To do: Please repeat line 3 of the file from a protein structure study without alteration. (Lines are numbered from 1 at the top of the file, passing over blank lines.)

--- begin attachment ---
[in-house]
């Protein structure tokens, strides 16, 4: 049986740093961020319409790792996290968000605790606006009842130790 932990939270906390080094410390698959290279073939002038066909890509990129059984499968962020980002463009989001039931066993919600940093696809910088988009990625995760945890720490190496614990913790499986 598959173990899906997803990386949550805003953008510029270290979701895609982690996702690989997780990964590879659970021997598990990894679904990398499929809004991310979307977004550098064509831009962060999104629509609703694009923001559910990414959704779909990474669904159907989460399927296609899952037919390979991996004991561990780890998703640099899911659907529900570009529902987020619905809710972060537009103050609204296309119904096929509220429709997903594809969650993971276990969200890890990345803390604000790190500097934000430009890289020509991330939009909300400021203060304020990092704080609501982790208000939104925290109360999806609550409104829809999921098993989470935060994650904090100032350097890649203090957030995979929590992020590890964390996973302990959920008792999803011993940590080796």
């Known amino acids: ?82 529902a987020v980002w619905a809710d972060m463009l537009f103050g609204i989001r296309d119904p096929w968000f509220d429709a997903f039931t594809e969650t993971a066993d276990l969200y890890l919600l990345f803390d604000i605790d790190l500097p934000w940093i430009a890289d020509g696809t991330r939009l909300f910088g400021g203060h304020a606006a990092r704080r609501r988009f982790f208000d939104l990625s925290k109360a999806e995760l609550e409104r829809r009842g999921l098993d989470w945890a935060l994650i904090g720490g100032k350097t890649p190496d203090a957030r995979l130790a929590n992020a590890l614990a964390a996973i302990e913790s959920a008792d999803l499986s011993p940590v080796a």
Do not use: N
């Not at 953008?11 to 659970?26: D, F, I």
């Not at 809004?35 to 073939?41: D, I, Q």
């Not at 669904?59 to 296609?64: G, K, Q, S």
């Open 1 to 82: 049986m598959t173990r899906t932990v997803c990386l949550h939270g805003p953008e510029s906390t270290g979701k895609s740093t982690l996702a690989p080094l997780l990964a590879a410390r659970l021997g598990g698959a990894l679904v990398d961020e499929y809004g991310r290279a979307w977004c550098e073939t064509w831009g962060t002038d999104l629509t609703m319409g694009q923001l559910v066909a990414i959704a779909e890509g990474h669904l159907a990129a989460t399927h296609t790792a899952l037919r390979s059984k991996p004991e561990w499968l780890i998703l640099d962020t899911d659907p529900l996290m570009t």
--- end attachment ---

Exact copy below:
């Known amino acids: ?82 529902a987020v980002w619905a809710d972060m463009l537009f103050g609204i989001r296309d119904p096929w968000f509220d429709a997903f039931t594809e969650t993971a066993d276990l969200y890890l919600l990345f803390d604000i605790d790190l500097p934000w940093i430009a890289d020509g696809t991330r939009l909300f910088g400021g203060h304020a606006a990092r704080r609501r988009f982790f208000d939104l990625s925290k109360a999806e995760l609550e409104r829809r009842g999921l098993d989470w945890a935060l994650i904090g720490g100032k350097t890649p190496d203090a957030r995979l130790a929590n992020a590890l614990a964390a996973i302990e913790s959920a008792d999803l499986s011993p940590v080796a």